• "Employers can respond to these higher costs in several ways. First, they can cut the base or regular wage for workers who will likely receive these overtime payments. Second, they can cut existing workers’ hours and hire new workers who will also work fewer than 40 hours per week. Third, they can cut their hours or their jobs entirely and invest in a machine that can do the same job, perhaps more cheaply. Fourth, they can keep the workers but pass on the costs to consumers in the form of higher prices. Fifth, they can keep the workers, pay them the time and a half premium and bear the brunt of the higher costs." (BAM)


  • "Government wage mandates are no substitute for economic growth, and contrary to the administration’s assertions, they do little to lift the middle class. If our leaders want to see hiring accelerate and incomes climb, they should pursue pro-growth policies that enable employers to expand, invest, and create more high-paying opportunities for workers." (COC)
  • "The U.S. Chamber continues to advocate for commonsense regulatory and legal reform, a simplified tax code that lowers rates for businesses and individuals, long-term investment in infrastructure, and policies that will allow the United States to capitalize on its vast energy resources."(COC)

Harmful Government Regulations

Government Regulations are Too Complex

Laws, such as the Affordable Care Act and Dodd-Frank are well-meaning, but ridiculously long, convoluted, and complex. "The government's drive to micromanage so many activities creates a huge incentive for interest groups to push for special favors. When a bill is hundreds of pages long, it is not hard for congressmen to slip in clauses that benefit their chums and campaign donors. The health-care bill included tons of favors for the pushy. Congress's last, failed attempt to regulate greenhouse gases was even worse." Economist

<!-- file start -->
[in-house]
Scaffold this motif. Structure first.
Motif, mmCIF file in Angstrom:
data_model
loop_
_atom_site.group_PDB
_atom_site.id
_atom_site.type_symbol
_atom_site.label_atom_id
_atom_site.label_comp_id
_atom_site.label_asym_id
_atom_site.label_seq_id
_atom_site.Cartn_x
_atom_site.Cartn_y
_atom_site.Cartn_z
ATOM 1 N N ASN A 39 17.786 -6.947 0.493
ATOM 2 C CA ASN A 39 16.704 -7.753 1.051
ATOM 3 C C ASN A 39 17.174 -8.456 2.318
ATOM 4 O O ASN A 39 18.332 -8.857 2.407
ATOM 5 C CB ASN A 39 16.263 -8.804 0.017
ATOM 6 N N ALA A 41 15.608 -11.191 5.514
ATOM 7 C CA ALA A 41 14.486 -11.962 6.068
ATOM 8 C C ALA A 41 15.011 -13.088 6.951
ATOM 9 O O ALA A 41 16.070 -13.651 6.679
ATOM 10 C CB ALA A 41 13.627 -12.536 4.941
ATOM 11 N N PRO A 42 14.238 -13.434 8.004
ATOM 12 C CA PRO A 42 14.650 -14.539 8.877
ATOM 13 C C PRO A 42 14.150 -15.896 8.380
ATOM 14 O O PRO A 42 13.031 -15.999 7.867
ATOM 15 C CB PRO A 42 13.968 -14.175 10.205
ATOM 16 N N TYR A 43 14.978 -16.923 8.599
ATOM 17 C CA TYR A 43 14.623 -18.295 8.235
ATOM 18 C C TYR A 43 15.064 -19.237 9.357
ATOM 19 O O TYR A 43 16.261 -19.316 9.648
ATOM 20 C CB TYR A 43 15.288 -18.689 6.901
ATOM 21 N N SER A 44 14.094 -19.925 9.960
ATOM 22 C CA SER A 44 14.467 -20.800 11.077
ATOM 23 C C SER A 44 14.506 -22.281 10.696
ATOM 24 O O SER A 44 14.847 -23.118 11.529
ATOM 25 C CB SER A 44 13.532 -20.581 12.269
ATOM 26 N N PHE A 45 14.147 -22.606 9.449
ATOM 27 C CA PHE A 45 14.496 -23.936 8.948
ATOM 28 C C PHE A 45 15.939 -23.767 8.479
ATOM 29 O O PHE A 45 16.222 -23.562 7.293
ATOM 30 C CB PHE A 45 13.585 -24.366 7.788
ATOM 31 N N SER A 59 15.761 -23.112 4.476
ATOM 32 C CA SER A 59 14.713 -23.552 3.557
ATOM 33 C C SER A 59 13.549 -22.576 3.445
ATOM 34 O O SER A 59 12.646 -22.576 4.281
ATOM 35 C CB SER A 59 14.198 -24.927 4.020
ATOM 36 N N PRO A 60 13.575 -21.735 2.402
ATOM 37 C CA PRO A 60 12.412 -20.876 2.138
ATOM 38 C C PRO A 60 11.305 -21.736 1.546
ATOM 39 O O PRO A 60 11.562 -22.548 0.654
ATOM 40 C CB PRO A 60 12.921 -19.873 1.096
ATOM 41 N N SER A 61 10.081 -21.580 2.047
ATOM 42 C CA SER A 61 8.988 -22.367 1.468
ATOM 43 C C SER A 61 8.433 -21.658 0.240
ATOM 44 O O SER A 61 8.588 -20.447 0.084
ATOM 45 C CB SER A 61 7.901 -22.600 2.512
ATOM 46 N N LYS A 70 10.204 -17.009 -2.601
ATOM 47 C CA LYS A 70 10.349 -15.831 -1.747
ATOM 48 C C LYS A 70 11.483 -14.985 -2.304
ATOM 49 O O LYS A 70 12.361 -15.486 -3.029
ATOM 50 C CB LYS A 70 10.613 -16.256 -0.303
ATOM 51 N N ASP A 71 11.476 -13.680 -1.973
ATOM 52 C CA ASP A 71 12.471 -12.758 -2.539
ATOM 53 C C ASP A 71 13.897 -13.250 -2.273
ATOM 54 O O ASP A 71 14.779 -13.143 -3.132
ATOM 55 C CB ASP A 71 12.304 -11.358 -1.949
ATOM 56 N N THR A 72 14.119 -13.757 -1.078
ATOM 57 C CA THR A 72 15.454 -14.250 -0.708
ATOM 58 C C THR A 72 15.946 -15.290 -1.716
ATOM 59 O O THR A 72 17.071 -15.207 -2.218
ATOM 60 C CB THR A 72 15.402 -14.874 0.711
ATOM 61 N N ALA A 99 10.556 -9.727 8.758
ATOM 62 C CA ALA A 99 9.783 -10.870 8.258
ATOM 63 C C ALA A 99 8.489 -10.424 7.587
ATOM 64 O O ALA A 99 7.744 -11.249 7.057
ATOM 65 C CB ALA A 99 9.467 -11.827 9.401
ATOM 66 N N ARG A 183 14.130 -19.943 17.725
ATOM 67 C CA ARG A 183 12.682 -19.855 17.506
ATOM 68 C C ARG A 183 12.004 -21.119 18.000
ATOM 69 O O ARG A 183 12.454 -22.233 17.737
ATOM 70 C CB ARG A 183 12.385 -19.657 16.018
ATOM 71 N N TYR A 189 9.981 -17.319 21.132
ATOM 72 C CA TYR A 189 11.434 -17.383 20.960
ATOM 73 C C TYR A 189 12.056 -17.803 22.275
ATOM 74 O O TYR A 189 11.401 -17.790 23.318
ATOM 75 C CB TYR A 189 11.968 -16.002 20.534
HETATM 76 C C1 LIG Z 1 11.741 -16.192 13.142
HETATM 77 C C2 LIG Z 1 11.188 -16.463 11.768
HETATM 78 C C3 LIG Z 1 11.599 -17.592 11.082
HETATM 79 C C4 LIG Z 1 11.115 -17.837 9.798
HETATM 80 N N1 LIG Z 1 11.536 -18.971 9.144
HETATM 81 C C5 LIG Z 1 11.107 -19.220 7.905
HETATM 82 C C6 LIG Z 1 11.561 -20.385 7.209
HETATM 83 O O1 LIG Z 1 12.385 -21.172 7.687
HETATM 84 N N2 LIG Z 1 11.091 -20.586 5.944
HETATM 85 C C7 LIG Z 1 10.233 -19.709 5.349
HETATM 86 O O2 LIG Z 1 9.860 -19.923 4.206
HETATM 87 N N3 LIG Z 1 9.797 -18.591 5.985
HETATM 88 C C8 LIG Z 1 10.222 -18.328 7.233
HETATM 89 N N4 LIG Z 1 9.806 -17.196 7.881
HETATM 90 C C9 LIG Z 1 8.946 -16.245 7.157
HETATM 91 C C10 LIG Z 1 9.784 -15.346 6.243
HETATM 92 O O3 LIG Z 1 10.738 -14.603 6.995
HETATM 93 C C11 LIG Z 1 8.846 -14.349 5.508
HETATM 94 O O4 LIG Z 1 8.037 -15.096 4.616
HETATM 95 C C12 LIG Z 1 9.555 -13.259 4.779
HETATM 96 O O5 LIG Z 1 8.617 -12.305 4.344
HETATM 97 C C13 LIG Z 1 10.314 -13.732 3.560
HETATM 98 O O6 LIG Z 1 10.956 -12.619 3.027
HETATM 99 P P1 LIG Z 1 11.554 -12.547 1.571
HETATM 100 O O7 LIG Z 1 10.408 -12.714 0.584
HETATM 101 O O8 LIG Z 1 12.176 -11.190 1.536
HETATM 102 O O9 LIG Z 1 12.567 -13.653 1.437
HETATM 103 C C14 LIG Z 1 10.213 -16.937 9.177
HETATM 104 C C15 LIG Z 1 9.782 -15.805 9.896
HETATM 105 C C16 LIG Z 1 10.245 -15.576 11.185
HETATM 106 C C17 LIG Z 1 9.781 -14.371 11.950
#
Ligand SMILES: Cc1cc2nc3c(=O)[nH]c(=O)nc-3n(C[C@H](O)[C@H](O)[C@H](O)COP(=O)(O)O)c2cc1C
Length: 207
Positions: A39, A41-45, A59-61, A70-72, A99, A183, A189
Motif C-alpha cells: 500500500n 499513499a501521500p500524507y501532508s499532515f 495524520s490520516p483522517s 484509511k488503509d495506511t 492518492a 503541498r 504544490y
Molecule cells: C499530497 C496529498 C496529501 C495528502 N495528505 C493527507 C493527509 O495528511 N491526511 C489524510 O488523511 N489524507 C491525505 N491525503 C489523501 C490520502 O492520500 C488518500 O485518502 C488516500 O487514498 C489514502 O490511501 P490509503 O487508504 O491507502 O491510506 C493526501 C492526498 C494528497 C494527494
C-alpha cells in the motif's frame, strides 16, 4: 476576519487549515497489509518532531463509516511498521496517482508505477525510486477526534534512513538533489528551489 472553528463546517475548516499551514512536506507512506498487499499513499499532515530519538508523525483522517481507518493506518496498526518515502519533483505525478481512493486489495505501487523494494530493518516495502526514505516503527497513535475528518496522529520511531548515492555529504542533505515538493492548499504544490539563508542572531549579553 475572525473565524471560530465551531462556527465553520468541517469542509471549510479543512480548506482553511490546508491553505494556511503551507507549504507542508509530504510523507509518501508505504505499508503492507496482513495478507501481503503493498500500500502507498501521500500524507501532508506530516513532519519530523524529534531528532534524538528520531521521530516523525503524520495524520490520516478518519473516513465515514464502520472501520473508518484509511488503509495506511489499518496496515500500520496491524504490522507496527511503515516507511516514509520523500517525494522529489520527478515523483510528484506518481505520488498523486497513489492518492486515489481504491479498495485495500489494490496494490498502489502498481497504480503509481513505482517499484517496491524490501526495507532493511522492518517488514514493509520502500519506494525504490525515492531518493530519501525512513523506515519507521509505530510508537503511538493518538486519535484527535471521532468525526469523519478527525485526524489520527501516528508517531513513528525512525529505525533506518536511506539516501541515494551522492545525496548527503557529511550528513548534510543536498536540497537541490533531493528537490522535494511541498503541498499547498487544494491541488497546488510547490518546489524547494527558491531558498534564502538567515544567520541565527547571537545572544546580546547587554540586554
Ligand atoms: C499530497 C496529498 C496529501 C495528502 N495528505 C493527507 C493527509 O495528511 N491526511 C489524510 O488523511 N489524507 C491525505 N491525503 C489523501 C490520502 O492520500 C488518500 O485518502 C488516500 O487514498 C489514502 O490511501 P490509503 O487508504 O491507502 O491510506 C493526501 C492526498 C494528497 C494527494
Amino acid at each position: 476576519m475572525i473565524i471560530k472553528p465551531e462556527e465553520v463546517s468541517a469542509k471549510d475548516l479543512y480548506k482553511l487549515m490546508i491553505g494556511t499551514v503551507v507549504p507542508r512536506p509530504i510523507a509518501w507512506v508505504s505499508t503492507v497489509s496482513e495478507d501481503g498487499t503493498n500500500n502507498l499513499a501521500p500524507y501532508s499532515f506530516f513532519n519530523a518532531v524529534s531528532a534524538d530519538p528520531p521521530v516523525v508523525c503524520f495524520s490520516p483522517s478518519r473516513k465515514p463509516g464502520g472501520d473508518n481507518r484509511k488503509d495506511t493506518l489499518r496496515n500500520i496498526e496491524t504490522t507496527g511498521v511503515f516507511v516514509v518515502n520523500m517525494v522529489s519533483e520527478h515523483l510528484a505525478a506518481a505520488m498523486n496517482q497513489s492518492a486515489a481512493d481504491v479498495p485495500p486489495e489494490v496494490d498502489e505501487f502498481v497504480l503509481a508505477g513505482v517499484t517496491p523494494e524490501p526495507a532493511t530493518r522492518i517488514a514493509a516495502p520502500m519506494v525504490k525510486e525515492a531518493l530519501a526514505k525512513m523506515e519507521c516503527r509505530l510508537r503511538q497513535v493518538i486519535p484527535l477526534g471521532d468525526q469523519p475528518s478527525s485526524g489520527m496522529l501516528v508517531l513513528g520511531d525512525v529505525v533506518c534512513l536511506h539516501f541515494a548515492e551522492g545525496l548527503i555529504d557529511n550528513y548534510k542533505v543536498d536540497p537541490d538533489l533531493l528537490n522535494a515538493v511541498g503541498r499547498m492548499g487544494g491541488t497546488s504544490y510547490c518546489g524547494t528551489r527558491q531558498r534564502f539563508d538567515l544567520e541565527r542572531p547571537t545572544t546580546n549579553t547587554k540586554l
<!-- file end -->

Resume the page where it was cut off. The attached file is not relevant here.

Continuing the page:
Specific regulations correlated with harming business

From (SBA 2010 Study)

  • "The compliance cost disadvantage faced by small businesses is driven by environmental regulations, tax compliance, occupational safety and health, and homeland security regulations."
  • The cost per employee of environmental regulations is more than four times higher in small firms than in large firms. With respect to tax compliance, the cost per employee is three times higher in small firms than in large firms.
  • the cost per employee of economic regulations falls most heavily on large firms. In part, this likely reflects the fact some industrial structures do not lend themselves to small firm participation (e.g., utilities, telecoms, or mining) because large scale operations are a precondition to remain competitive. This simply reduces the number of small enterprises that would be affected.
  • One factor impacting the distribution of economic regulations is the Regulatory Flexibility Act (RFA). Under the RFA agencies are required to assess the effect of regulations on small businesses, and to mitigate undue burdens, including exemptions and relaxed phase-in schedules.
  • the disproportionate cost burden on small firms is most dramatic in the manufacturing sector; the compliance cost per employee for small manufacturers is more than double the compliance cost for medium-sized and large firms. In the health care sector and the “other” sector categories, the compliance costs also appear starkly higher in small firms compared with medium-sized and large firms. In the service and trade sectors, the distribution of regulatory costs among firm sizes is much more even overall, yet varies depending on the type of regulation.

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EPA Evades RFA Act through Clean Water Act

Taken from an article in TheHill:

The impacts of such aggressive federal policies are typified by one regulation in particular. The Environmental Protection Agency (EPA) has proposed to vastly expand federal authority by redefining the "waters of the United States."

The proposal would go well beyond "navigable waters" - the traditional domain of federal regulators - to include dry creek beds, standing water in fields, and ditches. If finalized, the rule would introduce stringent restrictions on the use of public and private land.